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Fuming Canadians

by Archives March 7, 2001
With a glossed and polished image of being a peacekeeping nation, few people consider Canada to be a serious threat to international security. World leaders beware; although it may, by no means, be the most dangerous nation on the planet, Canada is an inherently destructive one.
The source of Canada’s hostility comes from its citizen’s emissions. Per capita, Canadians emit 5.5 tons of carbon per year, while developing nations emit ratios that average at about 0.5 tons per person, per year.
Obviously, the sources of these emissions are not Canadians themselves, but rather their vehicles. According to the Sierra Club of Canada, when Canadian vehicle operators let their engines idle, they burn up more than approximately 3.2 million liters of fuel a day and their vehicles release more than 7.6
million kilograms of greenhouse gases into the atmosphere.
What is horrific about these numbers is that they are not the result of peoples’
driving around all day. They are the calculated waste vehicle operators dispense during the ten minutes of the day which the average driver spends letting their motor idle.
Canadians put 7.6 million kilograms of greenhouse gases into the atmosphere while they wait for traffic lights to change, pack their trunks and wait for their friends and relatives to come outside and hop into the car.
An apparent ignorance of the harm they’re causing to the global environment runs
amuck in the mentalities of Canadian drivers. It is currently a common practice in several Northern European countries to turn off one’s car at traffic lights in order to minimize waste. But what about Canada?
Although few Canadians have yet to clue into this situation, the city of Westmount, nestled just outside the fold of downtown Montreal has decided that this is a dilemma which its citizens should take to heart and champion. With
this in mind, the city launched a campaign to raise fuel efficiency awareness last Fall.
In order to promote a greener attitude, city councillors passed a motion to allow public security officers to issue warning tickets to idling motorists.
Furthermore, plans are currently in the works to allow officers to issue real tickets to motorists who let their engines idle for more than 4 1/2 minutes in above -5 degrees Celsius. The suggested $136 fine which is proposed to accompany the tickets will surely encourage Westmounters to be aware of the damage they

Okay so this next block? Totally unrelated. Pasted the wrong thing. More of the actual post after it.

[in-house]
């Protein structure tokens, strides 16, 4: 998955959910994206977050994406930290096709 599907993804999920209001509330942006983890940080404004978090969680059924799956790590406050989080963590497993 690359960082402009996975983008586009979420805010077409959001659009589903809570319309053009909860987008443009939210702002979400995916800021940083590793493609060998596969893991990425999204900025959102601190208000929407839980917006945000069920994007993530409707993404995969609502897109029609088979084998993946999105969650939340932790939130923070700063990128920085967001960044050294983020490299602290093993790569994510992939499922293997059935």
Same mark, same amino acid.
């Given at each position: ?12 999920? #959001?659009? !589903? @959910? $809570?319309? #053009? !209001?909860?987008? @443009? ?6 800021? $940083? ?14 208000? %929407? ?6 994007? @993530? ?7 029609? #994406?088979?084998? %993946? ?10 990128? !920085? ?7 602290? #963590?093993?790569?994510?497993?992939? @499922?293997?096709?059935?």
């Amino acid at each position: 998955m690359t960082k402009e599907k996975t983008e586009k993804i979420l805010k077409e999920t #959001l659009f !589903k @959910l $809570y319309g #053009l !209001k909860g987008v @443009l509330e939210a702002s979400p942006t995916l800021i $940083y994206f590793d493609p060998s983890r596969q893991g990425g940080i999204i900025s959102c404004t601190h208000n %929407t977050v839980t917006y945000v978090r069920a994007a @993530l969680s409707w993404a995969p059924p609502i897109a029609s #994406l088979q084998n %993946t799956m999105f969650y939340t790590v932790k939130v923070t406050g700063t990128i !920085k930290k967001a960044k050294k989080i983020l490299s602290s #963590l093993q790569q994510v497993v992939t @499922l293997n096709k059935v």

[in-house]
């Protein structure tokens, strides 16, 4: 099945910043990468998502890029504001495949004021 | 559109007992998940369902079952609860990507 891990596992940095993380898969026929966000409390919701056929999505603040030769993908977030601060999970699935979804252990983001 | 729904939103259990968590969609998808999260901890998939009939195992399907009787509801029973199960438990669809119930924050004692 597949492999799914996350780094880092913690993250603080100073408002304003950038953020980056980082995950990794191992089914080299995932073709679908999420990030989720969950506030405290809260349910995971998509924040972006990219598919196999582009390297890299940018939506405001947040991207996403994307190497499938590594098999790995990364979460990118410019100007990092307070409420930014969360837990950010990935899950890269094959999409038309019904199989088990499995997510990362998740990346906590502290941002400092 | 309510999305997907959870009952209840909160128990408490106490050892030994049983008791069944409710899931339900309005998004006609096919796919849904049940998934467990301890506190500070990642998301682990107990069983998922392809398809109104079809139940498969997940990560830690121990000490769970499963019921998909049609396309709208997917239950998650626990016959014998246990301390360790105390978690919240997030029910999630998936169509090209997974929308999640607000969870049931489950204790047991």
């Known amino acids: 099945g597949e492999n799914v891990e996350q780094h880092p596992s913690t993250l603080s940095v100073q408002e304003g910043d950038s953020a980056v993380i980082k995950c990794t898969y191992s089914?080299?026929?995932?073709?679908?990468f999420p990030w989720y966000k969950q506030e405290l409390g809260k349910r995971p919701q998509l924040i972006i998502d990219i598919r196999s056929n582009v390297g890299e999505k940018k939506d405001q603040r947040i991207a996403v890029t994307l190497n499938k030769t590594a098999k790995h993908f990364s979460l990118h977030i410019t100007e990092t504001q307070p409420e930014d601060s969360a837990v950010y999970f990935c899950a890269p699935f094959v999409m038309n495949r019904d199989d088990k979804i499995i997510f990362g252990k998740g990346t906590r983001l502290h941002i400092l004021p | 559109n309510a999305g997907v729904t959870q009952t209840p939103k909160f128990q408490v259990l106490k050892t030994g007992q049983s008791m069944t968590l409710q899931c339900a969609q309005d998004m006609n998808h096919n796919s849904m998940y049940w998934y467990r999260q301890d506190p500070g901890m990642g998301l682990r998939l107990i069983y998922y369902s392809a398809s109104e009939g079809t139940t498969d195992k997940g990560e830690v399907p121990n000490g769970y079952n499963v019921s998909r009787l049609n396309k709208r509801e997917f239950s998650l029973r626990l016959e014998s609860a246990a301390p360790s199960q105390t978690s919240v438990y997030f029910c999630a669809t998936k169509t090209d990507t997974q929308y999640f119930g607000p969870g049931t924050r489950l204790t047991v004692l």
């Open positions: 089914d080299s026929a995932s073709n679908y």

may have caused.
Westmount, however, is a fairly small Canadian city and the traffic which passes through its limits, daily, is responsible for only a sliver of the 7.6 million kilograms of greenhouse gases that Canadians should be concerned about.
When greenhouse gases enter the atmosphere they harm the planet in two ways.
Firstly, they attack the ozone layer by offering oxygen atoms that are in clusters of three called ozone molecules, a polar predator which breaks the bonds between the oxygen atoms in ozone molecules and form carbon dioxide and
oxygen molecules instead.
The ozone layer is Mother Nature’s version of sunblock. When the density of this
shield disappears, because carbon atoms have broken up enough ozone molecules, life on earth is less protected from harmful UV rays which the sun radiates towards the earth. The consequence this has on humans is that they become more susceptible to getting sunburns and ultimately over time, more likely to develop
skin cancer.
The second malaise which carbon atoms cause when they are released into the atmosphere, is that they form a brooding carbon dioxide cloud, which acts as a blanket. While this blanket is porous and ineffective in keeping UV rays from
bouncing off the planet’s surface, like a thermos, it insulates the planet and
allows little heat transfer from the planet into outer space; at the same time,
it reduces the transfer of cold spatial temperatures from effecting planet
temperatures too much. The blanket-like effect which carbon dioxide builds up in
the atmosphere causes what scientists refer to as global warming. It accentuates
the process whereby the average planet temperature climbs over time. This, in
turn, has been blamed by some within the scientific community for the melting of
icebergs, a rise in sea levels and increased storm activity.
But not everybody is so pessimistic, the Globe and Mail

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